Harnessing Nicotine's Power
Nicotine Improves Memory and Concentration -- but How?
Oct. 23, 2002 -- Nicotine improves concentration, attention, and memory -- it's one reason why smokers find it so difficult to kick the habit. Now, researchers are learning more about how nicotine works, hoping to harness its power.
Various studies have confirmed what smokers claim: that smoking increases alertness, makes work more efficient. But how does nicotine work? What happens in the brain?
In this study, 15 smokers -- half of whom were wearing a nicotine patch -- performed a demanding task that required picking out special sequences from a stream of digits. During the task, their brains underwent an MRI scan.
The nicotine patch wearers performed better on the task. They also had increased brain activity in regions linked with attention span when compared with the smokers who had been deprived of nicotine for a couple of hours. The patch wearers had higher energy levels, better focus, and greater happiness.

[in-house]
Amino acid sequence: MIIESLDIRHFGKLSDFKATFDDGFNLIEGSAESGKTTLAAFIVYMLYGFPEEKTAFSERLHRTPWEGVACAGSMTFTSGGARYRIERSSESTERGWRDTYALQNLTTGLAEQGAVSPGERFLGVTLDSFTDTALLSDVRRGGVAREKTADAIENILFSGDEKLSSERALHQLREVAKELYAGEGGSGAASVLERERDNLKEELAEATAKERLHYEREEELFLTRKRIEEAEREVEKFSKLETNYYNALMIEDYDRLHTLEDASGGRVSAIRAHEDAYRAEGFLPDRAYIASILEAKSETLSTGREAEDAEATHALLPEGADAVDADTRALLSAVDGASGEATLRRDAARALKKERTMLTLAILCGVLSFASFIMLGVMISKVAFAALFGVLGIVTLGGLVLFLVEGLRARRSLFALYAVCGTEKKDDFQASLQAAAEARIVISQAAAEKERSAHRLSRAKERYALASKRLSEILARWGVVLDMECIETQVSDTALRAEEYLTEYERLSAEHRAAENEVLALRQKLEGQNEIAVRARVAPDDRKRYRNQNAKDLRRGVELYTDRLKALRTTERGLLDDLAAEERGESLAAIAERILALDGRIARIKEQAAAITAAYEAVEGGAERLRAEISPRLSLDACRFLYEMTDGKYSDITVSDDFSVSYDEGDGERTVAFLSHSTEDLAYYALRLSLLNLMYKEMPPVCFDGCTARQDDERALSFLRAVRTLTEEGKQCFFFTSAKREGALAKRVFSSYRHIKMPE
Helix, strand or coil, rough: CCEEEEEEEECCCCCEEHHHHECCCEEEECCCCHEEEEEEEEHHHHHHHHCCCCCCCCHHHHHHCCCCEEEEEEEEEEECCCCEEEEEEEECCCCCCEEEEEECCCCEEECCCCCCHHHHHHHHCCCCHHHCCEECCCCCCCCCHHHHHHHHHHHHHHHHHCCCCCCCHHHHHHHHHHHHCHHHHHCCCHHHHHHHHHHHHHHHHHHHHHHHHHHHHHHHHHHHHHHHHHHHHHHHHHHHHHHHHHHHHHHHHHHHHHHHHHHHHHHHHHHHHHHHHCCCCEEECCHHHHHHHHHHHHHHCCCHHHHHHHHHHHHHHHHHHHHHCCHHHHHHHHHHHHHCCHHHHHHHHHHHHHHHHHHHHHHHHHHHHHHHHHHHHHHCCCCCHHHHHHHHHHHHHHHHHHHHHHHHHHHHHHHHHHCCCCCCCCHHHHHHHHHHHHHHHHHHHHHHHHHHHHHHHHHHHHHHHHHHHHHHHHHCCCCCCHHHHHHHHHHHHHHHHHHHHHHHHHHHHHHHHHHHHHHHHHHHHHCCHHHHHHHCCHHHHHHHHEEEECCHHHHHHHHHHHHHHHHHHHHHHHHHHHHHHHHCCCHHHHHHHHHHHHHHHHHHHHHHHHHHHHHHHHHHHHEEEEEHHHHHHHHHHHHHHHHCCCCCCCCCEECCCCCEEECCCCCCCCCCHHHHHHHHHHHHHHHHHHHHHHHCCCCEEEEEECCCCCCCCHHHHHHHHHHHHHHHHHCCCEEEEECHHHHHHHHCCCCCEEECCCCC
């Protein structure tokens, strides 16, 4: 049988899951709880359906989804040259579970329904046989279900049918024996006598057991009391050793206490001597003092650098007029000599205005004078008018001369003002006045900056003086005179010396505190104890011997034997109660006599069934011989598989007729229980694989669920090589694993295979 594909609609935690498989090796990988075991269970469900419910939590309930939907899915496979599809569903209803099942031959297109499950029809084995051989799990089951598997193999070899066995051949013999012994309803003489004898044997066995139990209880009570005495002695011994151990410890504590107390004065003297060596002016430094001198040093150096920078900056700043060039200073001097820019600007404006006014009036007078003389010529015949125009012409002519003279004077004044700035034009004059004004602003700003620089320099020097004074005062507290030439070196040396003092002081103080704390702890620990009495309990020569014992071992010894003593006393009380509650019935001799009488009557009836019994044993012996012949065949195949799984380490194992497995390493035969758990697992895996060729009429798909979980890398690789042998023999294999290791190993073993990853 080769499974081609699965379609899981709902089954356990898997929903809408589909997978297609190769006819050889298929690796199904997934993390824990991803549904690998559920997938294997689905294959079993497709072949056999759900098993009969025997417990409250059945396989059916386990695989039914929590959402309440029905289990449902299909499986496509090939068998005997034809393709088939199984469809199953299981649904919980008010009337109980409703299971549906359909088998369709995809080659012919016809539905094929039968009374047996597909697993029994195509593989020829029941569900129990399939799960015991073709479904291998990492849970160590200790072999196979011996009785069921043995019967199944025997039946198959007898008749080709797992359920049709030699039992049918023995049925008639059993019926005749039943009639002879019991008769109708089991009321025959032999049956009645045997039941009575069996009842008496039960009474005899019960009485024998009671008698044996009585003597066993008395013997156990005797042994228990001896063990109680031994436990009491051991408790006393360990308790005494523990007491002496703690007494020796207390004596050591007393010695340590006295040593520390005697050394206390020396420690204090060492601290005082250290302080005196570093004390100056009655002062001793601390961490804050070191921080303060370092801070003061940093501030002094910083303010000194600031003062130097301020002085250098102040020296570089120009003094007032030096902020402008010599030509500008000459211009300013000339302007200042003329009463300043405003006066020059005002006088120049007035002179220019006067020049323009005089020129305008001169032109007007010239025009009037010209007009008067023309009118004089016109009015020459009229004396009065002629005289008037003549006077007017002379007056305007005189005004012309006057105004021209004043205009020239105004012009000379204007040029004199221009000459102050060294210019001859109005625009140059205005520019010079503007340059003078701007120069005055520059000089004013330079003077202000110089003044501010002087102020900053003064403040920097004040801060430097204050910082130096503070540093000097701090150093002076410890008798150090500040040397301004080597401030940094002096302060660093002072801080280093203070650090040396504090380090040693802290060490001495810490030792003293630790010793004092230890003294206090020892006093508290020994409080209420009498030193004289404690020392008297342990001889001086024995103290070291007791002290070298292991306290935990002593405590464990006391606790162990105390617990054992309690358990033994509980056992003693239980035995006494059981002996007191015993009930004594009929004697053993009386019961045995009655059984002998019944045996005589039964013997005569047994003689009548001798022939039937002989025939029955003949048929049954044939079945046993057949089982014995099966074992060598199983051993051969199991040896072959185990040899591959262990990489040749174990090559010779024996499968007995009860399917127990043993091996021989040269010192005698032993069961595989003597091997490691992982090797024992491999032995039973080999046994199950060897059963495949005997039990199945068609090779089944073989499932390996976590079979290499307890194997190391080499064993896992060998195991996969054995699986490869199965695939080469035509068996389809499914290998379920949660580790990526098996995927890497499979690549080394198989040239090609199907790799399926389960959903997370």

The placebo -patch wearers performed worse; they also had less activity in the brain regions linked with attention and working memory.
"These data suggest that nicotine improves attention in smokers by enhancing activation in areas traditionally associated with visual attention, arousal, and motor activation," says lead author Elliott Stein, MD, chief of the Neuroimaging Research Branch at the National Institute on Drug Abuse-Intramural Research Program.
The study appears in the Oct. 24 issue of the journal Neuron. -->